Switch cane is one of three native species of Arundinaria. It might be encountered as dense stands in low-lying, shady, moist to wet areas. It is easily confused with non-native bamboos. Switch cane rarely flowers. Its leaves are a preferred food of caterpillars of the southern pearly eye butterfly. There is only one species of Arundinaria that occurs in Florida (Wunderlin, 1998). Switch cane can be found throughout much of the eastern half of the U.S., stretching from Texas to New York (Kartesz, 1999).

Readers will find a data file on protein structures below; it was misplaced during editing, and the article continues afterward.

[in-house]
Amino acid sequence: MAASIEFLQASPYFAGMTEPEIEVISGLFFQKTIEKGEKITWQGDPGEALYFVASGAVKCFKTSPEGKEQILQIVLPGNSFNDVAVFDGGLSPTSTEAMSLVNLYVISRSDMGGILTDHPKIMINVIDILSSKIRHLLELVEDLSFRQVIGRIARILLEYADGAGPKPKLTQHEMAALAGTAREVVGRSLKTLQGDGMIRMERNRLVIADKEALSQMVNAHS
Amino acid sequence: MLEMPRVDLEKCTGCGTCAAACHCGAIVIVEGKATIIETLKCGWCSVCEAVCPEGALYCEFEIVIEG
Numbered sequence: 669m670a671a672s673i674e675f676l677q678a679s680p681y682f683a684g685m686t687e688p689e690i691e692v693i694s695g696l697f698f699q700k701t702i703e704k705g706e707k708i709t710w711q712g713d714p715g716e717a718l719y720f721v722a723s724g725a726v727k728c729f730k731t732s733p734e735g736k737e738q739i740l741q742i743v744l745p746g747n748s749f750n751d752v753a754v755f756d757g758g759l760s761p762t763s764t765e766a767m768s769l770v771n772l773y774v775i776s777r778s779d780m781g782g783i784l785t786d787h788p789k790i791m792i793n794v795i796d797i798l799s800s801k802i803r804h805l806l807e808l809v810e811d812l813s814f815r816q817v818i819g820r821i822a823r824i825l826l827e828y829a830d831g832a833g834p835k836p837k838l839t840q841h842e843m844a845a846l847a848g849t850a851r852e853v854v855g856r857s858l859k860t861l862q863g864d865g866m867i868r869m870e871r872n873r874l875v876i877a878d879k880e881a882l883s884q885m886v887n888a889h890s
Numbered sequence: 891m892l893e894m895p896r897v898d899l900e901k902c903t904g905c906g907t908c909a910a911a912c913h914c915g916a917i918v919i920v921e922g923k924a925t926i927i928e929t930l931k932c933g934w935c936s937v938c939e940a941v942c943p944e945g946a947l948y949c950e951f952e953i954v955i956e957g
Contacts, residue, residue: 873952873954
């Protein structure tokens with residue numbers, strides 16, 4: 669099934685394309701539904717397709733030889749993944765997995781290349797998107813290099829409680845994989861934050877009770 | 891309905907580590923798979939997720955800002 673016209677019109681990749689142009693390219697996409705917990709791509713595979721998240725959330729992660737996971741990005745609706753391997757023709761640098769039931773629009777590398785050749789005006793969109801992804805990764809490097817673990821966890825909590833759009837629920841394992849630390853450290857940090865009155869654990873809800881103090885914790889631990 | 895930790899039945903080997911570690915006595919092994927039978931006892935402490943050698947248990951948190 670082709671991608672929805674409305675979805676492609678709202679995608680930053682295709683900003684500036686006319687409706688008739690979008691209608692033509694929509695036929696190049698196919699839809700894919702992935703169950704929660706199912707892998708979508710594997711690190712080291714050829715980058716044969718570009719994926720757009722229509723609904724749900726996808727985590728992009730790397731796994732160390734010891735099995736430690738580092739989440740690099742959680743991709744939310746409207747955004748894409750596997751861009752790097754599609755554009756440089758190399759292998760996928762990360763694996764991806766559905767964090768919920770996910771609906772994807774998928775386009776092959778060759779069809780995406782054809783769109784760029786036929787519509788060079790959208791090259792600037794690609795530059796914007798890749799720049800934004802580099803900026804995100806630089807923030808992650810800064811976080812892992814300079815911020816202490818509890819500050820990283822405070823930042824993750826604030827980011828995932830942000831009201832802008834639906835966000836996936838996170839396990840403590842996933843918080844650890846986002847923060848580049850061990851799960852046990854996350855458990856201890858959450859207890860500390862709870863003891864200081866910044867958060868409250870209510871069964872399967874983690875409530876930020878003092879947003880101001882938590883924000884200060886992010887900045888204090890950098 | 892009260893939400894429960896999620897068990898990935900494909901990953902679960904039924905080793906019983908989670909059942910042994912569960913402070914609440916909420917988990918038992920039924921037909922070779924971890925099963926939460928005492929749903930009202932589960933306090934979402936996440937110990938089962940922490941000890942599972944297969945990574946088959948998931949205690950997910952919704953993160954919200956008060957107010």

Switch cane is a large grass. Rhizomes stem-like; stems hard, “woody”, typically 5-6 feet tall (can grow to 25 ft. tall), branched; sheaths on stem branches loose, papery; leaf blades stalked, flat, lance-shaped, 4-12 inc. long, usually hairy above; sheaths on leaves overlapping, with several long bristles at top; inflorescence a single axis or with branches; spikelets stalked, solitary on branches, 8-12 flowers, flowers very infrequently.